Malevolent State Revokes Brad Love’s Bail — Letter Writing Political Prisoner Heads Back to Prison
Earlier this week, inveterate letter writing Brad Love flew back to Ontario to turn himself in — on Thursday. His bail has been summarily revoked after the death of his mother, who was his surety.
Mr. Love is appealing his conviction last year and 18-month sentence for “breach of probation.” The lengthy probation gag resulted from his 2003 conviction under Canada’s notorious “hate law”, Sec. 319 of the Criminal Code. At the culmination of a series of escalating conditions, Mr. Justice Hogg (no kidding) forbad him to write to anybody, without their consent. In 2009, Mr. Love sent four packages of writings and clippings to a number of Toronto Jewish groups, having phoned and obtained their consent. This was not good enough, Last year for Ontario Court Justice Kelly Wright who said that their had not been informed consent convicted Mr. Love and sentenced him to a further 18 months in prison.
Furthermore, she ruled: For three years, “Mr. Love is to refrain from any political speech or commentary to any media outlet, political, cultural or religious group or organization, or police organization, except with the express written permission of a political or religious organization” that welcomes him as a member or associate and with the permission of his probation officer.
In other words, a political gagging for another four and a half years.
Last August, through his lawyer Peter Lindsay, Mr. Love filed an appeal before the Ontario Court of Appeal against both this conviction and the Stalinist sentence. He was granted bail involving $22,000 cash he’d posted and a surety against the value of his mother’s house. Six weeks ago, his mother died. Ten days ago, Mr. Love was informed by his lawyer that the vindictive Ontario justice system that has been gunning for him for more than a decade was revoking his bail.
The Crown, he was told,. was having a “hissy fit.” It must be understood that breach of probation is a minor offence, usually punished by 30 days in prison. For sending non-violent communications, political dissident Brad Love got a further 18 months! Similarly, bail for breach of probation often is one’s own recognisance — a promise to appear at the hearing. Mr. Love has faithfully appeared at more than 10 hearings in this case. Yet, even $22,000 of his own cash is not enough to secure his freedom.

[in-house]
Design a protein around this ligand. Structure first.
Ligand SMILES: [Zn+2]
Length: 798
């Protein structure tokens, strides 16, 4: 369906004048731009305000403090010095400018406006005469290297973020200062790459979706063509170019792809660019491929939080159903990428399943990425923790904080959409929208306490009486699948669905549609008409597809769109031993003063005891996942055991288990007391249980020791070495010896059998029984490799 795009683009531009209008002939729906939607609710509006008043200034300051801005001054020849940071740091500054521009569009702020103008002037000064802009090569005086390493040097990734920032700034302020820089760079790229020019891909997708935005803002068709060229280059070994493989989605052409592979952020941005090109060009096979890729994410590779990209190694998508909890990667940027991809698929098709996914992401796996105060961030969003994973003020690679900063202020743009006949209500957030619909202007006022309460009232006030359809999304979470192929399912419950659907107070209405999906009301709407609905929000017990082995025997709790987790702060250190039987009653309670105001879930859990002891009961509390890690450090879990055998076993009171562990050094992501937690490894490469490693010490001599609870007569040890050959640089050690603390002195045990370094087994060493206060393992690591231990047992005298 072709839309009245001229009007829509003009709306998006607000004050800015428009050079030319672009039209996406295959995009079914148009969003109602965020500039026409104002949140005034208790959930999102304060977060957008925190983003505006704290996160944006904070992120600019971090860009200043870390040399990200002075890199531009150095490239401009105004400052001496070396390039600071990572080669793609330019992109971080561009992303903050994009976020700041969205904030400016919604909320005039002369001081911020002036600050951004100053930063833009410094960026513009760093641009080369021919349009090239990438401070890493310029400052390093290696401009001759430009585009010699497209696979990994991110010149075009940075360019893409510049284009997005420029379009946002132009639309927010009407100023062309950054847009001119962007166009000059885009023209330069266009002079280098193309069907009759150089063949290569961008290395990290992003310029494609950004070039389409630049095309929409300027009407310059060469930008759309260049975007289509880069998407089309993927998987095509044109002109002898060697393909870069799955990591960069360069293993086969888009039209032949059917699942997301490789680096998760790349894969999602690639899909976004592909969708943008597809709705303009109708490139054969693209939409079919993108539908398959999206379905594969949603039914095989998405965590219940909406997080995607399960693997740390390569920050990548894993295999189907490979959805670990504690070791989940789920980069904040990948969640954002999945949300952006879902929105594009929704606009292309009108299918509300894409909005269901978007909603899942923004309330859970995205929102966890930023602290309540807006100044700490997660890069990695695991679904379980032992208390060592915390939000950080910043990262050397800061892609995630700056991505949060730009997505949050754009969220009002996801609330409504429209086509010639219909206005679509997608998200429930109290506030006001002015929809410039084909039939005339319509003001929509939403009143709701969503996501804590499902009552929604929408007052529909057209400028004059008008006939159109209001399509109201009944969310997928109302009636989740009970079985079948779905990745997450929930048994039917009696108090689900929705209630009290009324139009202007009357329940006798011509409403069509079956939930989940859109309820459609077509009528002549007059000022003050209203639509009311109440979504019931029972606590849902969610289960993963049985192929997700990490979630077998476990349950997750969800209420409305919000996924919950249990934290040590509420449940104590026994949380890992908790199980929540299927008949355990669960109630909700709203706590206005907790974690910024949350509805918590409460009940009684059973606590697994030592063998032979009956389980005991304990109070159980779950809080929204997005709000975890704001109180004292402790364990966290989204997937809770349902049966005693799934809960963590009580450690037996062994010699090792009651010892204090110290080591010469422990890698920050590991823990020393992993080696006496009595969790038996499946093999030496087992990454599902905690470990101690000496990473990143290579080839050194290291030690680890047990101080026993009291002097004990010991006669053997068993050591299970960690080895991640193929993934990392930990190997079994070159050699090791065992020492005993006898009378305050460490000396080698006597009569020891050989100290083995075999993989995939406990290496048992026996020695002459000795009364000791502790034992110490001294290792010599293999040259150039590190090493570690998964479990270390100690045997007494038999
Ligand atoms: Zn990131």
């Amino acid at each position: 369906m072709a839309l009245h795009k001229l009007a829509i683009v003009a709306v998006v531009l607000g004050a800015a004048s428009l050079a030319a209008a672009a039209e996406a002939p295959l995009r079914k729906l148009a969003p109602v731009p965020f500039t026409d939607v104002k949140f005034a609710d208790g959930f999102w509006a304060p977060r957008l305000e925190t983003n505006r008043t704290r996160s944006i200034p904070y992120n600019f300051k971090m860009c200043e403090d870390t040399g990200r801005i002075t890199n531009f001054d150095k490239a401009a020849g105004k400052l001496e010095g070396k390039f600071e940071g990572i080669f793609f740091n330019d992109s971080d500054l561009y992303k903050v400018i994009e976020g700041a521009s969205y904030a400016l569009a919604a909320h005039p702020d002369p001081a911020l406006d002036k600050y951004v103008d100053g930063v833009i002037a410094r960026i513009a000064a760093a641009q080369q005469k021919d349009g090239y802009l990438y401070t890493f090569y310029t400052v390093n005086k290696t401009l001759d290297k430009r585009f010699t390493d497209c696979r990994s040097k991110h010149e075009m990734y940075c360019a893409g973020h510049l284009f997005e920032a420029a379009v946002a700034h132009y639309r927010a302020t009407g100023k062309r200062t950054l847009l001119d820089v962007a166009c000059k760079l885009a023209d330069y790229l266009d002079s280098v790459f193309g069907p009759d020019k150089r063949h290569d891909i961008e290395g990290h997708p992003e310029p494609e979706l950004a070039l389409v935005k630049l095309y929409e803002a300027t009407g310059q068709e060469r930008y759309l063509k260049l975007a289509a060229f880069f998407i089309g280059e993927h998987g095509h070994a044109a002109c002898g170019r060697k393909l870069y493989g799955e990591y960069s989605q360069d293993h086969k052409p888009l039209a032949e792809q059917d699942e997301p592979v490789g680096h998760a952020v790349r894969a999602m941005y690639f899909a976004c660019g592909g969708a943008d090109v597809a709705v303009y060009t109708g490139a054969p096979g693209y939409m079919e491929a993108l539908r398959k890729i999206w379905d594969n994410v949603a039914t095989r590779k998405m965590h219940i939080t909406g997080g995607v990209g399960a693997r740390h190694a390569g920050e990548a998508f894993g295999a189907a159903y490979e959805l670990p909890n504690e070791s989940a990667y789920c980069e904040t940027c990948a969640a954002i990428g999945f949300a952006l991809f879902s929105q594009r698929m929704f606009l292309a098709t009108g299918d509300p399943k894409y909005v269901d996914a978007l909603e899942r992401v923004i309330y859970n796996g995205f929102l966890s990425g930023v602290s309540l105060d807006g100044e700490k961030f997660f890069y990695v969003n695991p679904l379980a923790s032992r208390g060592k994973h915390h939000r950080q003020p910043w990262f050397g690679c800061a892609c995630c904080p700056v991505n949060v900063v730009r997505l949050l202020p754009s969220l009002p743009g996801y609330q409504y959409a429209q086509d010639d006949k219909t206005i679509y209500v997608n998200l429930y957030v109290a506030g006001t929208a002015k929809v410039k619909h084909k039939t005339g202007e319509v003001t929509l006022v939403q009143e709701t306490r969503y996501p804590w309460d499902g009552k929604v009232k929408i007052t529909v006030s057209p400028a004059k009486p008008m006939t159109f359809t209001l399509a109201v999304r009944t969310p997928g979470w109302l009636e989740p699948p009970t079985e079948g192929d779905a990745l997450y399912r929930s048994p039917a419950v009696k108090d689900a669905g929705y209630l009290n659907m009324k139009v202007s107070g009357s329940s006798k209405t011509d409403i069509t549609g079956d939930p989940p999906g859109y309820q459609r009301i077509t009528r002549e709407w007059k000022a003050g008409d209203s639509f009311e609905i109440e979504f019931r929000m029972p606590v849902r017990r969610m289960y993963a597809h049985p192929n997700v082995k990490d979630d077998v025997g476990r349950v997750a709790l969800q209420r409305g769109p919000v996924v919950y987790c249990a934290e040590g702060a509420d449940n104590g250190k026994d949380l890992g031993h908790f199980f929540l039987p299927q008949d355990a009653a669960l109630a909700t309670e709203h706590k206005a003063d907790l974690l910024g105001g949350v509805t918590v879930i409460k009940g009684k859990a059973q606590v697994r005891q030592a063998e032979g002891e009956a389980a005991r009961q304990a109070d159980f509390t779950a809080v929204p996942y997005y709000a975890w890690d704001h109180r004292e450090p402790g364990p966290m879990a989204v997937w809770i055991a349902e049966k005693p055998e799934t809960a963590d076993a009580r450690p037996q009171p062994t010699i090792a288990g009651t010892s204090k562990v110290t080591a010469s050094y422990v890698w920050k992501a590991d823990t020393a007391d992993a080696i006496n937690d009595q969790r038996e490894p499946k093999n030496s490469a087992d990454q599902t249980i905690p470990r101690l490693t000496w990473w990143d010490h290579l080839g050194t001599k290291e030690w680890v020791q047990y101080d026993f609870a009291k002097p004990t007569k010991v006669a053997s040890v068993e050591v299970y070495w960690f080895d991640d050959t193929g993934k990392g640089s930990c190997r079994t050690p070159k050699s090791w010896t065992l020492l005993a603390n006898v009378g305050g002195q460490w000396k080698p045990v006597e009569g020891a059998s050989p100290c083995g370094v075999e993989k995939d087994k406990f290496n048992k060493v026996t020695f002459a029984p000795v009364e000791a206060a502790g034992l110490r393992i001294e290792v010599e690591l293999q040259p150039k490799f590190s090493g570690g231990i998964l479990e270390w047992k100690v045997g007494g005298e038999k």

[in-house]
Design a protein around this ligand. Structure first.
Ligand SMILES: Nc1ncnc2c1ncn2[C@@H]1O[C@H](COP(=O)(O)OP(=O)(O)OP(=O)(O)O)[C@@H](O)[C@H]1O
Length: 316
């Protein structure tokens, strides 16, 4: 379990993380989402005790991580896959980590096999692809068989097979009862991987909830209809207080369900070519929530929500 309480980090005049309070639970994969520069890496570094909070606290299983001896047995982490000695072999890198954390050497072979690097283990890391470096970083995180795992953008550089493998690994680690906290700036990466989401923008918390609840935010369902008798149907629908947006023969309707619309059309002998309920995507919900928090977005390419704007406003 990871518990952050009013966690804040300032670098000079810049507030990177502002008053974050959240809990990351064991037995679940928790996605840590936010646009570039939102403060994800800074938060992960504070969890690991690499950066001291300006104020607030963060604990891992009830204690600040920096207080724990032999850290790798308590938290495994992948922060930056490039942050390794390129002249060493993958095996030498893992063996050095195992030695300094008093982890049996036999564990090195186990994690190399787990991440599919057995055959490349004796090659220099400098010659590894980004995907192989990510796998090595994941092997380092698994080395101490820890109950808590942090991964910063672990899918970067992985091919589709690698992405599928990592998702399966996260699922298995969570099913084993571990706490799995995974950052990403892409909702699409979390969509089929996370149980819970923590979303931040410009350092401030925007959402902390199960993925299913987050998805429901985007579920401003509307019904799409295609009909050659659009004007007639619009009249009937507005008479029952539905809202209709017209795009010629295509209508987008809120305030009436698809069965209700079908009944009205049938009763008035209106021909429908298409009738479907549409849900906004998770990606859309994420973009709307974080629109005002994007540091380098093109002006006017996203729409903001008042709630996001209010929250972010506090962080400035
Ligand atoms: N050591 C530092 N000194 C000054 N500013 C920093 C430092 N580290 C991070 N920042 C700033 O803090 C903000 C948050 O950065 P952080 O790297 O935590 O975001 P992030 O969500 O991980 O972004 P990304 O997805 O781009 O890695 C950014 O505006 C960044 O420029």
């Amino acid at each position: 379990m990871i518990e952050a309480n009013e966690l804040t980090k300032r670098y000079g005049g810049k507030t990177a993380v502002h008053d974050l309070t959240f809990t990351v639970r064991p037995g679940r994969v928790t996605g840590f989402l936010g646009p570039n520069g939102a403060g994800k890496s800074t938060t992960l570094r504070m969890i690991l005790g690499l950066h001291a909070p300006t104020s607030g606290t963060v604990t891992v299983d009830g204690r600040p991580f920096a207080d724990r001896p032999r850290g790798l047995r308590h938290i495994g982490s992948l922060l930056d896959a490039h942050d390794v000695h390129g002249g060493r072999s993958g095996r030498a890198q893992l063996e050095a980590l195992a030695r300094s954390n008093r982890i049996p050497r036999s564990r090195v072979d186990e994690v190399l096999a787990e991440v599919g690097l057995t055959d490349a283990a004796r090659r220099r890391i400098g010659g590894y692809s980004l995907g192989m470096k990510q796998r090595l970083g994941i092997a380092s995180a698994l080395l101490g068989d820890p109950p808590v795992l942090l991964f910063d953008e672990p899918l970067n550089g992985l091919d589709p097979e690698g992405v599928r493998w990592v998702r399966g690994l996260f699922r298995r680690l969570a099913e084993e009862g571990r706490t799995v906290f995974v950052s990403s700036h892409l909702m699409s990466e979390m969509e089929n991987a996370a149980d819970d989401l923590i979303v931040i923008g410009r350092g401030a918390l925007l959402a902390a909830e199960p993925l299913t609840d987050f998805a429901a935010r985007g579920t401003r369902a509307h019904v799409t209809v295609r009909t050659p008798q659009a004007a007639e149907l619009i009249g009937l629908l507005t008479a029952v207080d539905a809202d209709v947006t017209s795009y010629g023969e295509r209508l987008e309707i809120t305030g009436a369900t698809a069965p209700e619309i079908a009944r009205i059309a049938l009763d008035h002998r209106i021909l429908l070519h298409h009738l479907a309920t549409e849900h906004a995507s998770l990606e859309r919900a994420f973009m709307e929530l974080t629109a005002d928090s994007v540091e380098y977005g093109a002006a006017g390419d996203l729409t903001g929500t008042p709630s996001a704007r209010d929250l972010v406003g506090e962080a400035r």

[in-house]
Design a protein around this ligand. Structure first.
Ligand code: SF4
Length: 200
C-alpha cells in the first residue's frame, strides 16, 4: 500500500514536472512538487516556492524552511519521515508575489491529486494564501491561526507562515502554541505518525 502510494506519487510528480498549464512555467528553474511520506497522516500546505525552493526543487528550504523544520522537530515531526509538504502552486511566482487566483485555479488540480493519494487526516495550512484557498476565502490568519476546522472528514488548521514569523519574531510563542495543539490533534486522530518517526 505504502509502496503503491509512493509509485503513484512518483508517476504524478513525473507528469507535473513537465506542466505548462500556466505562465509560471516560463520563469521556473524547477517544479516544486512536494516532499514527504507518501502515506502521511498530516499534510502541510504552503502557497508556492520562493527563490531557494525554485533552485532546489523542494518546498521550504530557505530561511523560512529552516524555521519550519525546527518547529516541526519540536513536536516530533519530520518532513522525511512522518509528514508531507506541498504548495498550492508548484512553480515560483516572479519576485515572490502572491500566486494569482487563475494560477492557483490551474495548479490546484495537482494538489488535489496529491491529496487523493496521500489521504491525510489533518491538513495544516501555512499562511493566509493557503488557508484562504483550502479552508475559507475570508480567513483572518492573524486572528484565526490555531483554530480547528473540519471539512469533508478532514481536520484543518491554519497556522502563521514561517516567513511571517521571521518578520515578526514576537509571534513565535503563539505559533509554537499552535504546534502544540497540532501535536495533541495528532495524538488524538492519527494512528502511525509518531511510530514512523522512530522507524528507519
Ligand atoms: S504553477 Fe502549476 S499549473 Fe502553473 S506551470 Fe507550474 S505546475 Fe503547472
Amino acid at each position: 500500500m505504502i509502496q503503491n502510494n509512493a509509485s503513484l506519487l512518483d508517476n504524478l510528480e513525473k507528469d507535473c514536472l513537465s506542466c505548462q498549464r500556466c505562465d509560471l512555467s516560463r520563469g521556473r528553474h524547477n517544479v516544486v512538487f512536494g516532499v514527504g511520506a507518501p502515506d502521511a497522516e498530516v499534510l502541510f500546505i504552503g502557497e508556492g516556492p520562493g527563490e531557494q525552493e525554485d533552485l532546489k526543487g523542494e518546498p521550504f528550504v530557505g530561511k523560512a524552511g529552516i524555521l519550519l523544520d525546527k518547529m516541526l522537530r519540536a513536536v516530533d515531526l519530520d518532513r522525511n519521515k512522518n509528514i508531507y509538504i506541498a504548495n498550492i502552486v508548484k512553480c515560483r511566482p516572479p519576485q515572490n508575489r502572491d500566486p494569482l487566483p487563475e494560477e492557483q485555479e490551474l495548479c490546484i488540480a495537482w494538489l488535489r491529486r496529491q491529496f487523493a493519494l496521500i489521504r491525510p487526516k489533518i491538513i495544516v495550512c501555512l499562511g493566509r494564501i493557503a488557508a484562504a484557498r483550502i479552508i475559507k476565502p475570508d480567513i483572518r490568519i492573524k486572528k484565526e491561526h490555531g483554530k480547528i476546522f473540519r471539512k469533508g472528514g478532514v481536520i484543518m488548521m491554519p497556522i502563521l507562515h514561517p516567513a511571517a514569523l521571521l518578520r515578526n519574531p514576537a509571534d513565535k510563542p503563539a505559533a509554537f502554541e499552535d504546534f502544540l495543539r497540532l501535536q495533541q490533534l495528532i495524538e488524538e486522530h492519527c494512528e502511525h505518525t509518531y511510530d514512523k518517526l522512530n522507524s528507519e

Thus, on Thursday, Mr. Love heads back to Lindsay, Ontario as a political prisoner. We use this term deliberately. Amnesty International defines “prisoners of conscience” thus on their website: “people who have been jailed because of their political, religious or other conscientiously-held beliefs, ethnic origin, sex, color, language, national or social origin, economic status, birth, sexual orientation or other status, provided that they have neither used nor advocated violence.” That describes letter writer extraordinaire Brad Love to a tee.
No date has been set yet for his appeal. Thus, he could sit in prison for months, losing money through unemployment. The poxy Ontario justice system is nothing but vindictive.
As a measure of the special abuse heaped on political dissidents in Ontario prisons, Mr. Love told CAFE that, when he was serving his previous 18 months sentence under Canada’s “hate law”, he was not allowed to work in the prison. Mr. Love, who puts in 80 hour weeks at his job in Fort McMurray is the Protestant work ethic on steroids. When he asked why he was not allowed to work in prison, he was told he was a “known affiliate” — that is, of politically incorrect groups. That was worse than being a biker. As in the old Soviet Union, he was a political dissident — the worst of the worst. The message, Mr. Love told CAFE, was: “Be a robot, Brad, and don’t express your opinions.”
Mr. Love is instructing his lawyer urgently to seek bail pending the hearing of his appeal.